In the Data tab of the Explorer pane go to Tasks and cases > Analysis tasks > New analysis task.
In the Analysis wizard check Footfall in the Dynamic response, then Next.
Under the Modal analysis task dropdown, select the modal analysis you have just created.
Then, define your Excitation method, Response nodes and Excitation nodes as appropriate.
Note: In some cases, only certain nodes should be considered as excitation nodes, while response results are desired at other nodes. E.g., if a hallway is the source of the footfall response across an entire floorplate, only the hallway nodes should be selected as excitation nodes, while all nodes would be response nodes. This can be done by selecting the desired nodes and saving them as a list for easy reference.
Number of footfalls: GSA defaults to 100 which is usually conservative.
- Refine as appropriate, e.g., the number of steps a person can realistically take across a region that excites the primary active mode shape.
- see step 10 for more detailed information.
Walker: Enter the average weight of the expected walker.
Direction of responses: As appropriate, typically Z (vertical) in the GSA global axis.
Frequency weighting curve: Select whichever option is most appropriate for the analysis, or create your own custom curve.
Excitation forces (DLFs): Select whichever option is most appropriate for the analysis or create your own custom curve.
Walking frequency (Hz): This will auto-populate depending on the above selection. This can be modified as appropriate for the analysis.
Damping option: Select whichever option is most appropriate for the analysis.
- If Constant damping is selected, enter the damping % that is most appropriate for the structure.
Click Next then Finish to run footfall analysis.
Further guidance on footfall analysis parameters is available in our references entry.
# 9. Viewing footfall results
- Above the Graphic window select footfall from the Cases dropdown.
Image shows the Cases dropdown menu with a footfall case highlighted
- In the Contours tab of the Properties panel expand Nodal results or Nodal results on elements to see various types of footfall results displayed graphically.
Image shows the Properties panel with Nodal results highlighted
Image shows a plan view of a floor model with Overall maximum response factor contoured on the nodes
Image shows a plan view of a floor model with Overall maximum response factor contoured on the elements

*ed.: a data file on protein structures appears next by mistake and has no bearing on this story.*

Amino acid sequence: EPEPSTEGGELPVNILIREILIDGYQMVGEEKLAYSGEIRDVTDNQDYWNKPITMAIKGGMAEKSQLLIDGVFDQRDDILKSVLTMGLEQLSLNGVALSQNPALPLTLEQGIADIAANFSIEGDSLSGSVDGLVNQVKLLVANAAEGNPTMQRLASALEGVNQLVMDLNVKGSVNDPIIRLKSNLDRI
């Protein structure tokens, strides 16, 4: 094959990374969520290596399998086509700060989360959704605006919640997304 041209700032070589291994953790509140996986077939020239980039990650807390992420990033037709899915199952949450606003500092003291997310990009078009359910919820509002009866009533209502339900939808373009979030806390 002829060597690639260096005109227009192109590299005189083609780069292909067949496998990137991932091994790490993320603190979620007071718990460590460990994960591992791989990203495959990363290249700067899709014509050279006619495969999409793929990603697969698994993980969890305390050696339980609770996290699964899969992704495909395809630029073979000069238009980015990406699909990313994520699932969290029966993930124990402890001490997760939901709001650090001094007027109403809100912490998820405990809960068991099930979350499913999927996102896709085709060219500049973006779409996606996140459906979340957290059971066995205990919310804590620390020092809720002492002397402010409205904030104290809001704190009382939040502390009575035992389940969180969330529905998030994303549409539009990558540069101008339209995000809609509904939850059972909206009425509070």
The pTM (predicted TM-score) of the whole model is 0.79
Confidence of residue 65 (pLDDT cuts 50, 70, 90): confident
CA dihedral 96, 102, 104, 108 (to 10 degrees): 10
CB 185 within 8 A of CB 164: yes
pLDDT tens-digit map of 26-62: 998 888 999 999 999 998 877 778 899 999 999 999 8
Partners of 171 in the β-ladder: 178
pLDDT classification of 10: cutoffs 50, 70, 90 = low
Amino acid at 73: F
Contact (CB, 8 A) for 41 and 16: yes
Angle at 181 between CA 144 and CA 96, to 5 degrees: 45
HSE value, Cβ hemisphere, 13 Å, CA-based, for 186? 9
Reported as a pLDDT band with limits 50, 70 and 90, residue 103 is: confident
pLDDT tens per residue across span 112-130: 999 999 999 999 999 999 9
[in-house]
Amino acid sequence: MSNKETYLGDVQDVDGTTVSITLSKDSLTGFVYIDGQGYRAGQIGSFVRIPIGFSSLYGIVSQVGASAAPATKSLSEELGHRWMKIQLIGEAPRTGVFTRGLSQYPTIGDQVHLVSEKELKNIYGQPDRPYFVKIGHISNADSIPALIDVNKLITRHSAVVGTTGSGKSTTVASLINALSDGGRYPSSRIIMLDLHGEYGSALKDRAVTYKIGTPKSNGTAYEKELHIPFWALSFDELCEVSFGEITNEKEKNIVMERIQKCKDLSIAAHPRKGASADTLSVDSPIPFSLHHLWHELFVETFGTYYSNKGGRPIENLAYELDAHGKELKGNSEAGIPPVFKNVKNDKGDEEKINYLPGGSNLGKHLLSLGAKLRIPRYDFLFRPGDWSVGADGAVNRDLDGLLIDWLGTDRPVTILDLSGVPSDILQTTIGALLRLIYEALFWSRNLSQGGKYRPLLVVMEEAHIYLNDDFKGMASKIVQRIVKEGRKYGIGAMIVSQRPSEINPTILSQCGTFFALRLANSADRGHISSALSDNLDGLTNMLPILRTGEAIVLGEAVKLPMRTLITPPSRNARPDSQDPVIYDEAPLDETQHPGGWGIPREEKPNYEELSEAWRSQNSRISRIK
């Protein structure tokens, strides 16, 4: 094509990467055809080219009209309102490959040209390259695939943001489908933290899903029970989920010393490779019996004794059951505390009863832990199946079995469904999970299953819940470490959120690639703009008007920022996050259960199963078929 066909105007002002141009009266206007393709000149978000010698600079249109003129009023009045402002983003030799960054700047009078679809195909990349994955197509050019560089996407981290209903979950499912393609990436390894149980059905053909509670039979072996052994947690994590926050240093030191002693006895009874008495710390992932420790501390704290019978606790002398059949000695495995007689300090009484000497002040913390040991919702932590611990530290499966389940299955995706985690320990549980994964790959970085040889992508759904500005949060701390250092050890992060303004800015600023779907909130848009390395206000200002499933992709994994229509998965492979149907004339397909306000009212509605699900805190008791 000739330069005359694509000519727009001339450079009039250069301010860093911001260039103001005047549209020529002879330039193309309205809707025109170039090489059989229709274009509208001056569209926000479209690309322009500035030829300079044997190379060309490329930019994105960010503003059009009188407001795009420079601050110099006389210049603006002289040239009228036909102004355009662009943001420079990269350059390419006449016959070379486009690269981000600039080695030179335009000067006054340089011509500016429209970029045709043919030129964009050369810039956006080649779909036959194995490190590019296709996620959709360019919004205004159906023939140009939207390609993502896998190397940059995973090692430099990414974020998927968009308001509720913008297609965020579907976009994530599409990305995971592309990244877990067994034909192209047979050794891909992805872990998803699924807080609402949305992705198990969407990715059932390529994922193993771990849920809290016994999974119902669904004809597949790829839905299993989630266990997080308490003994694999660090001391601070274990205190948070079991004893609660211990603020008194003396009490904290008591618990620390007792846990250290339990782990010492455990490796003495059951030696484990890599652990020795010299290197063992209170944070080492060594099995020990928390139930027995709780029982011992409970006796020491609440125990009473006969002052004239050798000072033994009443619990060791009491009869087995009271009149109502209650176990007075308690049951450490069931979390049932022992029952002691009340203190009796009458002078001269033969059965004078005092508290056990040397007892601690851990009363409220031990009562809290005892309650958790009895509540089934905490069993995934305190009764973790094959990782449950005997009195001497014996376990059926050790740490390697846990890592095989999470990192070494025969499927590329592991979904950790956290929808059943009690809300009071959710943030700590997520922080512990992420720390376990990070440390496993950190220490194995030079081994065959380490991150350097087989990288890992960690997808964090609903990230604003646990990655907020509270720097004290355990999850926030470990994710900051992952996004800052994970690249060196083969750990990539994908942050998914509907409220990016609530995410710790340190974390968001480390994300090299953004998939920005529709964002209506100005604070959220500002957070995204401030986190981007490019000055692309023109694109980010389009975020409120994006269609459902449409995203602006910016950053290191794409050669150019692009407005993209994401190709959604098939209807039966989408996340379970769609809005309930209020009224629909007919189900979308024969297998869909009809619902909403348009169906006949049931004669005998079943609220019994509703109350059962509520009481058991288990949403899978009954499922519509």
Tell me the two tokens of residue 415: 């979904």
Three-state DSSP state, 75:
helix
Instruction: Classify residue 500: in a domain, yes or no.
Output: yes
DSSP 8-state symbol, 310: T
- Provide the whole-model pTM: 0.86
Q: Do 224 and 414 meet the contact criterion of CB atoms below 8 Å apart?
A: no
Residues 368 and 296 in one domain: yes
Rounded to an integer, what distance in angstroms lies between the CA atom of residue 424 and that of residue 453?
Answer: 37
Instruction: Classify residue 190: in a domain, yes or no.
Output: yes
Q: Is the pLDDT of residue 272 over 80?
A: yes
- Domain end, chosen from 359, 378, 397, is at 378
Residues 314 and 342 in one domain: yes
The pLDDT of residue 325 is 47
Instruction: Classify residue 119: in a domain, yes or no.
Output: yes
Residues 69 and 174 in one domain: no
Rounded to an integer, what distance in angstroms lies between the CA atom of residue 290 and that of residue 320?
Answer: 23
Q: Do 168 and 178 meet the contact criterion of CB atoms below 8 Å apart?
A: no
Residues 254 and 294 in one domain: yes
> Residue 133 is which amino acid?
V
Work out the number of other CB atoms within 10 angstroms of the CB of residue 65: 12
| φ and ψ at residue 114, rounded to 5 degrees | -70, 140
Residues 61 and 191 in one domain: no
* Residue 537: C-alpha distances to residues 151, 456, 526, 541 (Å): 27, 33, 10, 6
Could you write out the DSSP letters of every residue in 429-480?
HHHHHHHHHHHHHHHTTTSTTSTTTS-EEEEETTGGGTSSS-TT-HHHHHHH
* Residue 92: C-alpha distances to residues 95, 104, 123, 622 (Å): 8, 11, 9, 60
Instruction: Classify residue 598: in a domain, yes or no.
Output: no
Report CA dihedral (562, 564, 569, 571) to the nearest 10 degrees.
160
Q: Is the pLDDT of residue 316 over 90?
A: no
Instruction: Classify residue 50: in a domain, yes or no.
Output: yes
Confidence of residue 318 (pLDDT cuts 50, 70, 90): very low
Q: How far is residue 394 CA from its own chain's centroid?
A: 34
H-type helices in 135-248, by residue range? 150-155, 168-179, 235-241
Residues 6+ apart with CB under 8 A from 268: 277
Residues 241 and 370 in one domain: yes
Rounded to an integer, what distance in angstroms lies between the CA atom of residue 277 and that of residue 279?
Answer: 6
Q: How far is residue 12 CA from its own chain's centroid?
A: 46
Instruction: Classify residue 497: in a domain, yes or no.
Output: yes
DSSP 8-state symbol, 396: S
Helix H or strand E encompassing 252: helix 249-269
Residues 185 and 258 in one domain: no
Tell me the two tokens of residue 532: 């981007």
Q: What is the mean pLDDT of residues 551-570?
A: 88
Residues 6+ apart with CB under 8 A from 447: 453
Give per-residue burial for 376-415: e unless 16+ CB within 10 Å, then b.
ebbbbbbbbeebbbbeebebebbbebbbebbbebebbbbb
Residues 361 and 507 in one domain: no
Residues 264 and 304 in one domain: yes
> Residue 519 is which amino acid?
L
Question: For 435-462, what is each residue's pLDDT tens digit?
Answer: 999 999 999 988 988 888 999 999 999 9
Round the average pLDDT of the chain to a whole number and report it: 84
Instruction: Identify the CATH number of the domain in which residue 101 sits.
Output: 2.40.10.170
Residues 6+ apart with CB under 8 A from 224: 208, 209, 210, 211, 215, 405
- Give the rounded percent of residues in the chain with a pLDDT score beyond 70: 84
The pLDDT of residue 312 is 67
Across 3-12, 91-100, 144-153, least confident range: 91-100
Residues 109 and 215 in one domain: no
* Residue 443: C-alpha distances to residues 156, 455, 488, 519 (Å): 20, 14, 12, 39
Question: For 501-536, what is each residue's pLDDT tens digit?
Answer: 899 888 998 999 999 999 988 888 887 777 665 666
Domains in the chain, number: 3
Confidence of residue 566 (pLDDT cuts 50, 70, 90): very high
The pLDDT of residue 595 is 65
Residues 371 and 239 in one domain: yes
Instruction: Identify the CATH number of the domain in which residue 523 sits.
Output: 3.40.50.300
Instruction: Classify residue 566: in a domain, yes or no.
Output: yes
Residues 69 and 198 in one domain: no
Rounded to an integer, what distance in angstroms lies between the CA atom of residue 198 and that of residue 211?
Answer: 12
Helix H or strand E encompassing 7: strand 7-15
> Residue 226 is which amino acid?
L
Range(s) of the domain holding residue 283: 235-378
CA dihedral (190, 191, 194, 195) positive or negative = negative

Image shows an isometric view of a floor model with Overall maximum response factor contoured on the elements
Note: You can save graphic views for easier access.
# Chart views
- In the top toolbar select Views > New chart view > Footfall analysis.
- Select your chart types from the checklist. Two useful chart types are highlighted below:
Response factor vs. walking frequency: Shows the response factor for a given node vs. the walking excitation frequency at various harmonics of vibration. Can be used to understand a given node’s sensitivity to different walking frequencies and whether changing the lower and upper bounds of the walking frequency will change the peak response.
Image shows a Response factor v. walking frequency chart for node 2385 in an example model. This chart shows that the peak resonant response for this node occurs at a walking frequency of 2.05 Hz
Participation factor vs. modes: Shows each mode’s relative participation factor for a given node. Useful for understanding which modes contribute the most to the footfall vibration response of any given node.
Image shows a Participation factor v. modes: resonant chart for node 2385 in an example model. This chart shows that this mode's resonant response is governed by the structure's first mode of vibration.
Select your relevant task from the Footfall analysis task dropdown.
Enter values for Response node and Excitation node.
Click Ok to view the chart.
# 10. Refine footfall analysis as needed.
The footfall contours and charts can be used to refine the number of footfalls used in the footfall analysis task.
- Use the results to identify the node with the highest response value.
- Open the Participation factor vs. modes chart for a specific node to identify which mode has the highest participation.
- Switch on the Deflected shape for that mode by clicking the following icon .
- The number of footfalls in the task can be updated to match the number of steps a person can realistically take across that primary mode’s deflected region.
- Re-run the footfall analysis task with the updated number of footfalls.